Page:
The downtown Vedado neighbourhood of Havana possesses the Colon Cemetery, named for Christopher Columbus and declared a National Heritage Monument in 1987 for its wealth of sculpture.
The burial ground was founded in 1871 based on a project by Galician architect Calixto Arellano de Loira y Cardoso and was originally placed outside the city limits. With the passage of time and the demographic, economic and social growth of the 19th Century, the city ended encircling it and today its main entrance is located at Zapata Street, close to the popular corner of 23 rd and 12th Streets.
A Byzantine-style entrance, named Puerta de la Paz (Gate of Peace), opens to the more than 800,000 graves. It is a beautiful triumphal arch with three gates, crowned by a truncated pyramid. On the top rest three marble statues representing three theological virtues: faith, hope and charity, placed in 1901 and made by Cuban sculptor José Villalta Saavedra. The work bears the Latin inscription: Janua Sum Pacis, hence the name Gate of Peace.
Among the more than 500 major mausoleums, chapels, and family vaults, visitors and tourists might find the signatures of leading Cuban and foreign artists who honored the dead with their skills.
Considered one of the most beautiful and great cemeteries in the world, one can find Greco-Roman, Gothic, eclectic, Medieval, Greek, Egyptian, Neoclassic, military, renaissance, art nouveau, art deco, rationalist and modern styles with and without cherubs and other ornamentation.
This article would not be complete without noting at least one of the legends and myths embellishing the cemetery. On Third and F Streets is the most visited tomb, that of Amelia Goyri de Hoz, La Milagrosa (the Miraculous One). Amelia is said to have died in childbirth in 1901 and was buried with her stillborn child at her feet. Legend tells us that when her grave was later opened, the baby was cradled in her arms. Since then, Cubans pay homage and ask favors by knocking three times on the tombstone with one of its brass rings.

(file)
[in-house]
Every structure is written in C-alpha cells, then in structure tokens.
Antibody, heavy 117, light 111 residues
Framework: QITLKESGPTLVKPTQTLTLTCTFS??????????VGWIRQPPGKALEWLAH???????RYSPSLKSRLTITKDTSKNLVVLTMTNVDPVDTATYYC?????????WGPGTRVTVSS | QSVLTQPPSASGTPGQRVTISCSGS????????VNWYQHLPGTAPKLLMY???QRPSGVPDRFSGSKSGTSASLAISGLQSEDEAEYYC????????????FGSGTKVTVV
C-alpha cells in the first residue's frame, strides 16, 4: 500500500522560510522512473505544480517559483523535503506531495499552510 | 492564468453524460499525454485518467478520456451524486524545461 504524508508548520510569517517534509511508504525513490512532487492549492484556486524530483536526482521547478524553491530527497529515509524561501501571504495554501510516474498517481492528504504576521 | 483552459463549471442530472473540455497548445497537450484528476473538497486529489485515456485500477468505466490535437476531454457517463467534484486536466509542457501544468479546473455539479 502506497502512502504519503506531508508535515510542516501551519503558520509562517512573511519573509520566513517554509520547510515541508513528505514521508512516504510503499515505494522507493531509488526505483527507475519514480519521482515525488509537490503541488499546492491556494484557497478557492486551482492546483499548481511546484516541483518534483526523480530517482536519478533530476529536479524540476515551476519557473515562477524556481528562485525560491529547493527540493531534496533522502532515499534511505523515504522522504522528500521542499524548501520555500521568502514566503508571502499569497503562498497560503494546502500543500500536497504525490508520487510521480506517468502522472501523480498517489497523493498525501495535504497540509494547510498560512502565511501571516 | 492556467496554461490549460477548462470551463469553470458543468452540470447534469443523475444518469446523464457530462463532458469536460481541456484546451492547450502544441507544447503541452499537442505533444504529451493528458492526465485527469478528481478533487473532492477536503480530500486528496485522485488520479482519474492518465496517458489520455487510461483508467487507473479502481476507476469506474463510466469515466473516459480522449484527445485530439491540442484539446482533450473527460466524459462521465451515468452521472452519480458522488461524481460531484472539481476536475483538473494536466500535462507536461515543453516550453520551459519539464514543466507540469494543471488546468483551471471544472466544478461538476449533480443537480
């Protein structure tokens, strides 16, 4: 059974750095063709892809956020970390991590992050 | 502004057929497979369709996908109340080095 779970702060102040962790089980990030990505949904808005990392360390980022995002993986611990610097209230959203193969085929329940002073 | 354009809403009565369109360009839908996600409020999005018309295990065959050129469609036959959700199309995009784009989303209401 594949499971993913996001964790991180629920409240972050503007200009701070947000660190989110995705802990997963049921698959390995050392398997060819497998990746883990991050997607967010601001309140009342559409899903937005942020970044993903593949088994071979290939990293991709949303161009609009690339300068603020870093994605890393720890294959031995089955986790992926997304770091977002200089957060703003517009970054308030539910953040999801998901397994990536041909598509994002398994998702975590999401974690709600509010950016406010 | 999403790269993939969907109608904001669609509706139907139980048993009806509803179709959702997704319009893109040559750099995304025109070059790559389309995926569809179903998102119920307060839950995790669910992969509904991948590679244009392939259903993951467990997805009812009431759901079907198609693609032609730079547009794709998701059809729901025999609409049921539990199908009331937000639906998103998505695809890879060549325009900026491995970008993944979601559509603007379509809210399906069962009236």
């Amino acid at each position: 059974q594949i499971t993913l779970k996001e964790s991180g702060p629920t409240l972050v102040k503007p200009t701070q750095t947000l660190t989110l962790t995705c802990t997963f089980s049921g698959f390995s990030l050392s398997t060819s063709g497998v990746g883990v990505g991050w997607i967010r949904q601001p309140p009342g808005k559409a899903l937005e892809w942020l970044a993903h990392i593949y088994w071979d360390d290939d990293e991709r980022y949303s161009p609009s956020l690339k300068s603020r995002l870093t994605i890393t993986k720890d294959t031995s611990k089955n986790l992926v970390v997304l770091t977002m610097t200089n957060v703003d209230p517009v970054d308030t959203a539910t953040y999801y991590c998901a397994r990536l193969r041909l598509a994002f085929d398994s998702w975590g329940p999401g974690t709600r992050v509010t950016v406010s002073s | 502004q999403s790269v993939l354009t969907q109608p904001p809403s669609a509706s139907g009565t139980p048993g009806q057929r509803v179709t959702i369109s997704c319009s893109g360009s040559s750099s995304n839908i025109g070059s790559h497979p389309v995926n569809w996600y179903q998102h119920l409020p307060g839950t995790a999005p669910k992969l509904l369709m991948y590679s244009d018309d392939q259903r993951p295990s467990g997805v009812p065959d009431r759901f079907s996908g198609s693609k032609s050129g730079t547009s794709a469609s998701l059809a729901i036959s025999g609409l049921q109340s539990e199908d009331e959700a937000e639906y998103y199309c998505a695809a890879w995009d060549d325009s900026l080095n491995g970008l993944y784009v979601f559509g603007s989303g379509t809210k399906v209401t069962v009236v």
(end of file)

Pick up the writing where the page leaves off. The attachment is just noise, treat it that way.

Many famous figures of Cuban history and arts are buried here. The list is quite long starting with war hero Máximo Gómez; it includes Jose Raul Capablanca, world chess champion between 1921 and 1927, Alejo Carpentier, Cuba's most important contemporary novelist; noted composer Hubert de Blanck, revolutionaries Celia Sanchez and Haydee Santamaría, filmmaker Santiago Alvarez and Tomás Gutiérrez Alea, and on and on.
The cemetery's main artery is Cristobal Colon Avenue, lined with the major tombs like the 75-foot monument to the firefighters who lost their lives in the great fire of May 1890 in Havana, leading to an octagonal neo-Byzantine church named the Capilla Central.
Visits to the cemetery are daily from 8 to 5 with an entrance fee of CUC$ 1.00 and guided tours and cameras for CUC$ 5.00. Additional information may be obtained by calling to (537) 830-4517, 833-4196 or 832-1050.